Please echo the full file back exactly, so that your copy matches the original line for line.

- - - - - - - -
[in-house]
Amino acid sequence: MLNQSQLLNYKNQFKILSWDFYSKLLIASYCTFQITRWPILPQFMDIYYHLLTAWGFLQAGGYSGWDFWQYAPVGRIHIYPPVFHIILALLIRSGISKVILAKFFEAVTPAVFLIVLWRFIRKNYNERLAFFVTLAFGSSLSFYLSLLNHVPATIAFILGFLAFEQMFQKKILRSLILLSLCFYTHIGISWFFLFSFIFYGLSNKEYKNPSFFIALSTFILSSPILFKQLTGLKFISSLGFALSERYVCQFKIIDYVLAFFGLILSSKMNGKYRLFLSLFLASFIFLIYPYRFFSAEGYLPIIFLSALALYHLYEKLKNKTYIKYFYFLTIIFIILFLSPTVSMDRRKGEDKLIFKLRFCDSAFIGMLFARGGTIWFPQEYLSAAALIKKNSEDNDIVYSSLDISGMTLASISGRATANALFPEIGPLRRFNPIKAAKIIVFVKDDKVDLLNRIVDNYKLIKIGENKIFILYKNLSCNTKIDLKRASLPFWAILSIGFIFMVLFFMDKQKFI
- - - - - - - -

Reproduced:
[in-house]
Amino acid sequence: MLNQSQLLNYKNQFKILSWDFYSKLLIASYCTFQITRWPILPQFMDIYYHLLTAWGFLQAGGYSGWDFWQYAPVGRIHIYPPVFHIILALLIRSGISKVILAKFFEAVTPAVFLIVLWRFIRKNYNERLAFFVTLAFGSSLSFYLSLLNHVPATIAFILGFLAFEQMFQKKILRSLILLSLCFYTHIGISWFFLFSFIFYGLSNKEYKNPSFFIALSTFILSSPILFKQLTGLKFISSLGFALSERYVCQFKIIDYVLAFFGLILSSKMNGKYRLFLSLFLASFIFLIYPYRFFSAEGYLPIIFLSALALYHLYEKLKNKTYIKYFYFLTIIFIILFLSPTVSMDRRKGEDKLIFKLRFCDSAFIGMLFARGGTIWFPQEYLSAAALIKKNSEDNDIVYSSLDISGMTLASISGRATANALFPEIGPLRRFNPIKAAKIIVFVKDDKVDLLNRIVDNYKLIKIGENKIFILYKNLSCNTKIDLKRASLPFWAILSIGFIFMVLFFMDKQKFI